Basic Installation


  • The hardware device must be connected to the internet.
  • Access to DNS and, optionally, NTP
  • Required outbound ports: 443 (https), 8883 (mqtts)
  • Optional outbound ports: 1883 (mqtt)
  • Optional inbound ports: 8080, 8888 (REST API via http)

Install OS: Ubuntu Server

We support running the Edge Compute Platform on Ubuntu Server LTS (64-bit) for both the arm64 and amd64 CPU architectures. Note that 2 GB or more of RAM is recommended.

Flashing the downloaded OS image to an SD card or a USB driver can be done using balenaEtcher.

Install K3s on 64-bit Linux

The Edge Compute Platform uses K3s, a lightweight Kubernetes. A 64-bit Linux OS is required for running K3s.

You can use the installation script available at to install K3s as a service on systemd and openrc based systems.

You can also run the following command:

curl -sfL | K3S_KUBECONFIG_MODE="644" sh -s -
Note: This command needs to be run from the shell (terminal, command line) of the OS.

If desired, the installation can be customised using installation options listed in the K3s documentation.

This will install a single-node cluster with one master and one worker.

The k3s service is automatically started after installation.

Other utilities installed are:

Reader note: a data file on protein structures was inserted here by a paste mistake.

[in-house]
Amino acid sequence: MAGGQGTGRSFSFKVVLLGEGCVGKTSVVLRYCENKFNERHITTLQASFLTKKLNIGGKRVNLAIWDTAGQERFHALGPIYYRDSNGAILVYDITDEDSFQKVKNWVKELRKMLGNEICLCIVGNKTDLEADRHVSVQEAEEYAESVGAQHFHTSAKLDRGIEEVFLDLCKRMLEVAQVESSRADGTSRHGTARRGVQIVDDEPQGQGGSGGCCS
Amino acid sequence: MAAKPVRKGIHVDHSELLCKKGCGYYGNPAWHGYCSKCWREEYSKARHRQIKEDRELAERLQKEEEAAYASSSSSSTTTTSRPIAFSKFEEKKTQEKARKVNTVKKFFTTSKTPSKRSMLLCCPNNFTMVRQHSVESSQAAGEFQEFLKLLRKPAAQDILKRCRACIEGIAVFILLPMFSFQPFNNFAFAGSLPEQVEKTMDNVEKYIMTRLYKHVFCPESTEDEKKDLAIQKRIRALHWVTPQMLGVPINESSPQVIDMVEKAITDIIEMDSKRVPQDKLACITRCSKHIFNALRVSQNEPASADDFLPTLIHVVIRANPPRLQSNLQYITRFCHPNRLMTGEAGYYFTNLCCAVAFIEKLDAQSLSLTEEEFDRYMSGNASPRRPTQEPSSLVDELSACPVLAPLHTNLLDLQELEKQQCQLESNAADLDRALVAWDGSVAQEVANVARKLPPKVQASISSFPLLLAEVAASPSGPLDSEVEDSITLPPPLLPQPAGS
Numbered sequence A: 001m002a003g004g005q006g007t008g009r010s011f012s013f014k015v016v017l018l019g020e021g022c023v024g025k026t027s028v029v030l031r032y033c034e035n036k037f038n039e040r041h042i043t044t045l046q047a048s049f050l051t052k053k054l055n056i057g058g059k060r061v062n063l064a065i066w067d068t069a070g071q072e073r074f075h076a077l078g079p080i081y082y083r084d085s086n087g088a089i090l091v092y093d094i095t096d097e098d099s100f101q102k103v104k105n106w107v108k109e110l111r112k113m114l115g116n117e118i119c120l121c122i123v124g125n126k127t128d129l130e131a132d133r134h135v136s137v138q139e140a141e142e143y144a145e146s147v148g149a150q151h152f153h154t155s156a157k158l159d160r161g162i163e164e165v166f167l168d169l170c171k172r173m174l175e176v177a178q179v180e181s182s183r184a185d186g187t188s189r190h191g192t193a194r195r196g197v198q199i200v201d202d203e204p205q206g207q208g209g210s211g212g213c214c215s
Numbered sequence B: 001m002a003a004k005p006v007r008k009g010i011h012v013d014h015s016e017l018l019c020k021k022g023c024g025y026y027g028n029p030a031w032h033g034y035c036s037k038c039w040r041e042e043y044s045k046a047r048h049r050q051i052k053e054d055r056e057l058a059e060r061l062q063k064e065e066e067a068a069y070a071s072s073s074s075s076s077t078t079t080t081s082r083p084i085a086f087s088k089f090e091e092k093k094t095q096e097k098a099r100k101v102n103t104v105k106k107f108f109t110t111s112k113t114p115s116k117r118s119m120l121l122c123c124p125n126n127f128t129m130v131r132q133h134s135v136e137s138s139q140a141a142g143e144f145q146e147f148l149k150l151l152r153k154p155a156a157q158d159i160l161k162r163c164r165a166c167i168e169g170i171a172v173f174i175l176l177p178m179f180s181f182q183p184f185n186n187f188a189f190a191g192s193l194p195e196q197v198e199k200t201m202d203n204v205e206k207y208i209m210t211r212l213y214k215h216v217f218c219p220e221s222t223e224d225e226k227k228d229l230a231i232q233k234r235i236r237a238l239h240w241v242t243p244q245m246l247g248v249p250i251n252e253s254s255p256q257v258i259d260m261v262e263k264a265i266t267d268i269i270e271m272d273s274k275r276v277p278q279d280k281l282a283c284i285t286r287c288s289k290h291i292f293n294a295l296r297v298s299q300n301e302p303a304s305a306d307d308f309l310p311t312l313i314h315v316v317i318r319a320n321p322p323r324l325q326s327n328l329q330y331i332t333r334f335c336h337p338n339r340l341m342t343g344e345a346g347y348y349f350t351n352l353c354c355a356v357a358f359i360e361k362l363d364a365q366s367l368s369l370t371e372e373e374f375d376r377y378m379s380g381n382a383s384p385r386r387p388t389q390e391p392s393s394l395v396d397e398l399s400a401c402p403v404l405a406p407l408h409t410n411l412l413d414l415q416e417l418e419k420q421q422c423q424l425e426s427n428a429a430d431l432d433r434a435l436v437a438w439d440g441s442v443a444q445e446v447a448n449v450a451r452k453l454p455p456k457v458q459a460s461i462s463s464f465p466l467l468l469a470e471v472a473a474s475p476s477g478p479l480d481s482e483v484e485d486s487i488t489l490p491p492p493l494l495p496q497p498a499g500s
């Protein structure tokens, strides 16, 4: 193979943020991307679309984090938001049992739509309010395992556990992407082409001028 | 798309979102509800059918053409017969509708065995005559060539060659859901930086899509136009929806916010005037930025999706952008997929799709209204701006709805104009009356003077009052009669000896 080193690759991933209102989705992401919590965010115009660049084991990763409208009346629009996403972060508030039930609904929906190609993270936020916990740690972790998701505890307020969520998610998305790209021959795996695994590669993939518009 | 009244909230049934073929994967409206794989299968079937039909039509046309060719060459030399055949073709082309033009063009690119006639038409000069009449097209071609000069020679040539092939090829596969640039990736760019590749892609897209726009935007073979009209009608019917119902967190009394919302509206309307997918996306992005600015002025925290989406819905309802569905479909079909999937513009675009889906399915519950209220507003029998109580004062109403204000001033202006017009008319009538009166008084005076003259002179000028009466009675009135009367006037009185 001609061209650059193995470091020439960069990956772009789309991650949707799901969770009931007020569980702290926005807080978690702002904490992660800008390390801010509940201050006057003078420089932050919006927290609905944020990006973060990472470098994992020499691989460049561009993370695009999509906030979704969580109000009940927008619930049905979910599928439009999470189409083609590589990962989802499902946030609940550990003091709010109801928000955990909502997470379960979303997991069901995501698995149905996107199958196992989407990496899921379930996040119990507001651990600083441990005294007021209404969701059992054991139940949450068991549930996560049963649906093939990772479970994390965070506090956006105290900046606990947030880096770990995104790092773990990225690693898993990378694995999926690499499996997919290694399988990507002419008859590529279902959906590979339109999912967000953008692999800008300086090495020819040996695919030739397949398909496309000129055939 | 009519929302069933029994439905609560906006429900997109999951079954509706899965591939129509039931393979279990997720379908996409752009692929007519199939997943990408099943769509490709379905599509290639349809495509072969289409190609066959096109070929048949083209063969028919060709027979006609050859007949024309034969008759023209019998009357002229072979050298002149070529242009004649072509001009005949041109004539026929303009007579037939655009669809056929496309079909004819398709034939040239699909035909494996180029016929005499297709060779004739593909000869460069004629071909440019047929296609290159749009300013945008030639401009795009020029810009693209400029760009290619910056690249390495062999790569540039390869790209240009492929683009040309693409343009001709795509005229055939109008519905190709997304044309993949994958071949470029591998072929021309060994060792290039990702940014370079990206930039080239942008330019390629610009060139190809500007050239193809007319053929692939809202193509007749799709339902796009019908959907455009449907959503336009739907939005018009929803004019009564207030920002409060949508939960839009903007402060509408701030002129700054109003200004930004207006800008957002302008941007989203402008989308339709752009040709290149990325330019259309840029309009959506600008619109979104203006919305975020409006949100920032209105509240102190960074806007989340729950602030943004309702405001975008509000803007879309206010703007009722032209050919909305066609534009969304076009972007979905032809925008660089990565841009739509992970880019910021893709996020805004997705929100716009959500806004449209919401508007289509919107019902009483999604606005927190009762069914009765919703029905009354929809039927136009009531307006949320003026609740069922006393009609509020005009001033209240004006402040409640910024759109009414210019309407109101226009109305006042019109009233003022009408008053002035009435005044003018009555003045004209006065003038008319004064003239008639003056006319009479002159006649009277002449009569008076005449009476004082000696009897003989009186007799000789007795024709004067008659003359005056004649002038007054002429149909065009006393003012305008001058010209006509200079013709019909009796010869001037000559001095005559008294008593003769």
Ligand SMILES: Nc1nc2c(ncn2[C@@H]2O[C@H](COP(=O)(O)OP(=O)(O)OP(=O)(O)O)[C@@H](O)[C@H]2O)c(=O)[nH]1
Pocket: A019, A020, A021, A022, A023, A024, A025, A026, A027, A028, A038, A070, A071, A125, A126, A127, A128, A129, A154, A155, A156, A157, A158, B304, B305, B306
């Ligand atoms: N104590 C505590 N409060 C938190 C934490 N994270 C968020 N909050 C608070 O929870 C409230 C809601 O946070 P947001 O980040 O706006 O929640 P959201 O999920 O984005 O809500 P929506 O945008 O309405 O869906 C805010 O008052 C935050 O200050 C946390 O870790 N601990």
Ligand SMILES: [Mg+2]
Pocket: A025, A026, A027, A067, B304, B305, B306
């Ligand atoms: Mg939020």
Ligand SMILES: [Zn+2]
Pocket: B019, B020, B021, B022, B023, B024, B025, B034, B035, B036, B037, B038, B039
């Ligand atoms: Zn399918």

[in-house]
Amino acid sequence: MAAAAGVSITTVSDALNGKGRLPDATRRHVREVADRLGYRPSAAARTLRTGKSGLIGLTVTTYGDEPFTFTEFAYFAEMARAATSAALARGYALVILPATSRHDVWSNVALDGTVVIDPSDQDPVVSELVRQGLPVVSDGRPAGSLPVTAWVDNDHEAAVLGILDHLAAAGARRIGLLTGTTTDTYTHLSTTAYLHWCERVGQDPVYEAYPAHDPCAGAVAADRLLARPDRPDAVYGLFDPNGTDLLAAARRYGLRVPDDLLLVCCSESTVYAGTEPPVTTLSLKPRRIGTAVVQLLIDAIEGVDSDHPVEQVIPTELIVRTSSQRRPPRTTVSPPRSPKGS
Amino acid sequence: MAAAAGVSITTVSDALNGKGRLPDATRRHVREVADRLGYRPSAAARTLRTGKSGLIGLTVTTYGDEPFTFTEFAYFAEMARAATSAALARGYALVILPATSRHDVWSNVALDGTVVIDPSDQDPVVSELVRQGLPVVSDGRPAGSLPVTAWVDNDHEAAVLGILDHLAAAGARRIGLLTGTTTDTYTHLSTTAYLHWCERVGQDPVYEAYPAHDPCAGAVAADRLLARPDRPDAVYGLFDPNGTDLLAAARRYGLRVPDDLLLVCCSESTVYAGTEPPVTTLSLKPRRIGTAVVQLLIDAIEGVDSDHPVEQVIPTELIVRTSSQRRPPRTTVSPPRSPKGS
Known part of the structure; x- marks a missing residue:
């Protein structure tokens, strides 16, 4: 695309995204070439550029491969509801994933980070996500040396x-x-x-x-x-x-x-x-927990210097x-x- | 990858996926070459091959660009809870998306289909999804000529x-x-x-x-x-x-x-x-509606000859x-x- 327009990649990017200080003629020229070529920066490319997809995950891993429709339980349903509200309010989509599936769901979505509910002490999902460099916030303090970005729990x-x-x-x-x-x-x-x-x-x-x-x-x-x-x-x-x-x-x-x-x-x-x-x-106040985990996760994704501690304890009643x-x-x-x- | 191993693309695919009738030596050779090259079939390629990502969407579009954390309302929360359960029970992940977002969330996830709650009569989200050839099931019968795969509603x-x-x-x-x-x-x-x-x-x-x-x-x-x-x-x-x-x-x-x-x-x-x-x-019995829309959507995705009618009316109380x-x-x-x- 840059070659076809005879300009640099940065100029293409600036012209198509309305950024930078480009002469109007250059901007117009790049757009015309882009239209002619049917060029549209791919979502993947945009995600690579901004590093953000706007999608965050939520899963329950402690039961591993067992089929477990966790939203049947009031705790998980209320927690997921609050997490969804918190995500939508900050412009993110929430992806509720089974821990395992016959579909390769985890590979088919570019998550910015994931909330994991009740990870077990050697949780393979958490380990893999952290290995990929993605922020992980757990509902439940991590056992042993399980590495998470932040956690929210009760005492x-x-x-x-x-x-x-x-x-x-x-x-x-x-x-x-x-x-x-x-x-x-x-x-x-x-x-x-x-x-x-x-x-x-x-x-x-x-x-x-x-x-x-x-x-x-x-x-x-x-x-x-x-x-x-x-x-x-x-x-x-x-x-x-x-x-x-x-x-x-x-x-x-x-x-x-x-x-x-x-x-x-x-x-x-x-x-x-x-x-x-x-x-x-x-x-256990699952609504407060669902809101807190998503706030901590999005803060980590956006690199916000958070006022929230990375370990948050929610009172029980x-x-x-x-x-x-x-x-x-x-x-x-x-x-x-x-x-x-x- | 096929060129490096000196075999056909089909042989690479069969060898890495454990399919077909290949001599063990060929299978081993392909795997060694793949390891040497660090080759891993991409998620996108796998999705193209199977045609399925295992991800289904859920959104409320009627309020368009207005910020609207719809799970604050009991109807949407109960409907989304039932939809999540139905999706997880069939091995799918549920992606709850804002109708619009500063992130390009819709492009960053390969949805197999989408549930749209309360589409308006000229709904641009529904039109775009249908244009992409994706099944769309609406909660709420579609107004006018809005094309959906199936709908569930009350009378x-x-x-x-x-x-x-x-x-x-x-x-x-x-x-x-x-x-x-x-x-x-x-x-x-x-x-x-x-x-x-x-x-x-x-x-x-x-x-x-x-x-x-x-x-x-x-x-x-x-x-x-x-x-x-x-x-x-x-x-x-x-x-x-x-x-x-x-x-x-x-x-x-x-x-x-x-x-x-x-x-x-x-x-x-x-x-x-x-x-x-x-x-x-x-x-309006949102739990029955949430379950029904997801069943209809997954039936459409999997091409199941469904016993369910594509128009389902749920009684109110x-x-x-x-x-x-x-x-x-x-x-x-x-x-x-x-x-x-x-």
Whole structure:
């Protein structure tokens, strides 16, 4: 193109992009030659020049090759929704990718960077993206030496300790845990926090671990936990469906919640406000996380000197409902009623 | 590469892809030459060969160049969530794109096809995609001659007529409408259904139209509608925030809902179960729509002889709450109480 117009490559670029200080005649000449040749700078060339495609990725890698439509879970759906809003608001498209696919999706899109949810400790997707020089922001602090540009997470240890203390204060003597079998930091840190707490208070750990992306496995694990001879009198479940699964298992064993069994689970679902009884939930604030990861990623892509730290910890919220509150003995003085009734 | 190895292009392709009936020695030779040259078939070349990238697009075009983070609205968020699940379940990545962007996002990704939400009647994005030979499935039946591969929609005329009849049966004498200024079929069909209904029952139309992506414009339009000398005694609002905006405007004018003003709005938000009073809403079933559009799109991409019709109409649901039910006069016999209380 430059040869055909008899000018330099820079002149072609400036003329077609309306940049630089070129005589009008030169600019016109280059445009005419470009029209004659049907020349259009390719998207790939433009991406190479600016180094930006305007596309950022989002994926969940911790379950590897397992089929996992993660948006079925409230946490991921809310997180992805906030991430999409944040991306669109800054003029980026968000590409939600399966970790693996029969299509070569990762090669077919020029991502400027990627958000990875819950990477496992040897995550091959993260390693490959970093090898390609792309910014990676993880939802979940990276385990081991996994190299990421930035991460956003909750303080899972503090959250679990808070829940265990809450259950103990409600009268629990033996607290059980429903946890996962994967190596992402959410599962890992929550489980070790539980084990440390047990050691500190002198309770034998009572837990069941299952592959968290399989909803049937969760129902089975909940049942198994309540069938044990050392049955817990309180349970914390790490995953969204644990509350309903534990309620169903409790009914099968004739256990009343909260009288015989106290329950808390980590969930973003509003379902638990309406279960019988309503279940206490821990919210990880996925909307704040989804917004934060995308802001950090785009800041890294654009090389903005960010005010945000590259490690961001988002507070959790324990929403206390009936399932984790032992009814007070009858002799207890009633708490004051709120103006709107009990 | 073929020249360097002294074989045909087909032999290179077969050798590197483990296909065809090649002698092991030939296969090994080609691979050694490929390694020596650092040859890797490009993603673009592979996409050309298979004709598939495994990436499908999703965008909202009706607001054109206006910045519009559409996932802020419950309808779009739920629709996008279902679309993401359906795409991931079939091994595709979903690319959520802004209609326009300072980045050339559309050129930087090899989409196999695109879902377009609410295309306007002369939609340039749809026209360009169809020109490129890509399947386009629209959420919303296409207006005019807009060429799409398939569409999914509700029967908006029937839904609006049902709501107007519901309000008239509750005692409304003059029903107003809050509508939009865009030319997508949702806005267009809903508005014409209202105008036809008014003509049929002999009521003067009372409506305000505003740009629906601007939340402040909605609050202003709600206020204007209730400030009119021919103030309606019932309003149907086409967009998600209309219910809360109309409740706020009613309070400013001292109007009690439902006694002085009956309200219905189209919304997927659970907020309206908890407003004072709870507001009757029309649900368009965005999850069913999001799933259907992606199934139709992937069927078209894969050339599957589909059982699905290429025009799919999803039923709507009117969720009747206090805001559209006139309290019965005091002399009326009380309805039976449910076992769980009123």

• kubectl
  • crictl

Important Notes when Installing on Raspberry Pi

Before installing K3s on Ubuntu 18.04 on a Raspberry Pi, the file /boot/firmware/nobtcmd.txt needs to be edited (or /boot/firmware/btcmd.txt if BlueTooth is enabled) by adding cgroup_enable=cpuset cgroup_memory=1 cgroup_enable=memory to the end of the line (that is, not on a new line).

On Ubuntu 20.04 or Raspberry Pi OS the file to edit is /boot/firmware/cmdline.txt.

After editing and saving the file, reboot the Raspberry Pi for the changes to take effect.

On Ubuntu 20.10 and newer, the linux-modules-extra-raspi package needs to be installed.

It is strongly advised to turn off swap to enable K3s to manage memory more efficiently.

Connection Issues

If your connection is not getting established, look at the logs for the Management Service to find out what the issue is. To do this, complete the following:

  1. Retrieve list of pods in the ecp namespace running: kubectl -n ecp get pods
  2. Use the name of the "ase-core-management-XXXXX" pods to view logs by using: kubectl -n ecp logs -f pods/<pod-name>
  3. If it shows a wrong status, you can delete the pod and see if the new one that spins up will work: kubectl -n ecp delete pods/<pod-name>